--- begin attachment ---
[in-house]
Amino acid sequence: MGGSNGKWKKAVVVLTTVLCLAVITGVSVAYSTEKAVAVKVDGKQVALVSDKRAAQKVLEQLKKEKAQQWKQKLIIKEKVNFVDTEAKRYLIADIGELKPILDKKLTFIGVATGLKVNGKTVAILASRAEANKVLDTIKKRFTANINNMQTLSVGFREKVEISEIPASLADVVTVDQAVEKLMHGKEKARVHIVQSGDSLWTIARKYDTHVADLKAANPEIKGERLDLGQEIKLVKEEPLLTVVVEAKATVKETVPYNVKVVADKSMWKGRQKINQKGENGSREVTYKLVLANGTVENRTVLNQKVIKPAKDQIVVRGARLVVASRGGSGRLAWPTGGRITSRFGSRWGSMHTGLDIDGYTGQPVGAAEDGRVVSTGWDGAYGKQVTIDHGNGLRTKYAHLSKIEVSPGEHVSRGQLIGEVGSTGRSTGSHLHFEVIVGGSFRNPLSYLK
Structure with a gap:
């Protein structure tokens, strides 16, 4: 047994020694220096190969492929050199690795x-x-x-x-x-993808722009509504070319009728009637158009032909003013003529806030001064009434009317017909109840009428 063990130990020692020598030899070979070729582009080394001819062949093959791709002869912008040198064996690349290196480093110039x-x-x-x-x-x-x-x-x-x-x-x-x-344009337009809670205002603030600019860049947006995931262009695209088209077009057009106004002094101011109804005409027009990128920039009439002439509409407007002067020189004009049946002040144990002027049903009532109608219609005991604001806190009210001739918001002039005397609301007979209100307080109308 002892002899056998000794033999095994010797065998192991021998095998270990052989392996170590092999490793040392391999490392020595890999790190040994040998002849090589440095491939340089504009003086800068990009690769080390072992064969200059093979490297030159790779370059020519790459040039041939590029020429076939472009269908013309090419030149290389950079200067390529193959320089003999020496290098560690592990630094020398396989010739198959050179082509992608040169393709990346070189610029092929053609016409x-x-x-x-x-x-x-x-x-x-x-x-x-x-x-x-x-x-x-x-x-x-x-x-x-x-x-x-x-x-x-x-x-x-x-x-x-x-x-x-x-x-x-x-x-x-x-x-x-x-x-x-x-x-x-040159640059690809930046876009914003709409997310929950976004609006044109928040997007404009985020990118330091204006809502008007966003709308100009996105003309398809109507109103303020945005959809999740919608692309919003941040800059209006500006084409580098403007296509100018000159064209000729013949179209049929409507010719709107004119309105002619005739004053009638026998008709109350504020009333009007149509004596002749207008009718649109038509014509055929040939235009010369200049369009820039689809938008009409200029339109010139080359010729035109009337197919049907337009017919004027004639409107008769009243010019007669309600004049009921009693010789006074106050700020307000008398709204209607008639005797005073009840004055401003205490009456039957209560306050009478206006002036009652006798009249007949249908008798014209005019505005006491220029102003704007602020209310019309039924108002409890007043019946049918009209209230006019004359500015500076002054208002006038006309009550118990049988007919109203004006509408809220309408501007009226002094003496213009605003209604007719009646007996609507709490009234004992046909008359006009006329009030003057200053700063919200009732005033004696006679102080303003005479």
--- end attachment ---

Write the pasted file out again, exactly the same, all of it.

[in-house]
Amino acid sequence: MGGSNGKWKKAVVVLTTVLCLAVITGVSVAYSTEKAVAVKVDGKQVALVSDKRAAQKVLEQLKKEKAQQWKQKLIIKEKVNFVDTEAKRYLIADIGELKPILDKKLTFIGVATGLKVNGKTVAILASRAEANKVLDTIKKRFTANINNMQTLSVGFREKVEISEIPASLADVVTVDQAVEKLMHGKEKARVHIVQSGDSLWTIARKYDTHVADLKAANPEIKGERLDLGQEIKLVKEEPLLTVVVEAKATVKETVPYNVKVVADKSMWKGRQKINQKGENGSREVTYKLVLANGTVENRTVLNQKVIKPAKDQIVVRGARLVVASRGGSGRLAWPTGGRITSRFGSRWGSMHTGLDIDGYTGQPVGAAEDGRVVSTGWDGAYGKQVTIDHGNGLRTKYAHLSKIEVSPGEHVSRGQLIGEVGSTGRSTGSHLHFEVIVGGSFRNPLSYLK
Structure with a gap:
């Protein structure tokens, strides 16, 4: 047994020694220096190969492929050199690795x-x-x-x-x-993808722009509504070319009728009637158009032909003013003529806030001064009434009317017909109840009428 063990130990020692020598030899070979070729582009080394001819062949093959791709002869912008040198064996690349290196480093110039x-x-x-x-x-x-x-x-x-x-x-x-x-344009337009809670205002603030600019860049947006995931262009695209088209077009057009106004002094101011109804005409027009990128920039009439002439509409407007002067020189004009049946002040144990002027049903009532109608219609005991604001806190009210001739918001002039005397609301007979209100307080109308 002892002899056998000794033999095994010797065998192991021998095998270990052989392996170590092999490793040392391999490392020595890999790190040994040998002849090589440095491939340089504009003086800068990009690769080390072992064969200059093979490297030159790779370059020519790459040039041939590029020429076939472009269908013309090419030149290389950079200067390529193959320089003999020496290098560690592990630094020398396989010739198959050179082509992608040169393709990346070189610029092929053609016409x-x-x-x-x-x-x-x-x-x-x-x-x-x-x-x-x-x-x-x-x-x-x-x-x-x-x-x-x-x-x-x-x-x-x-x-x-x-x-x-x-x-x-x-x-x-x-x-x-x-x-x-x-x-x-040159640059690809930046876009914003709409997310929950976004609006044109928040997007404009985020990118330091204006809502008007966003709308100009996105003309398809109507109103303020945005959809999740919608692309919003941040800059209006500006084409580098403007296509100018000159064209000729013949179209049929409507010719709107004119309105002619005739004053009638026998008709109350504020009333009007149509004596002749207008009718649109038509014509055929040939235009010369200049369009820039689809938008009409200029339109010139080359010729035109009337197919049907337009017919004027004639409107008769009243010019007669309600004049009921009693010789006074106050700020307000008398709204209607008639005797005073009840004055401003205490009456039957209560306050009478206006002036009652006798009249007949249908008798014209005019505005006491220029102003704007602020209310019309039924108002409890007043019946049918009209209230006019004359500015500076002054208002006038006309009550118990049988007919109203004006509408809220309408501007009226002094003496213009605003209604007719009646007996609507709490009234004992046909008359006009006329009030003057200053700063919200009732005033004696006679102080303003005479």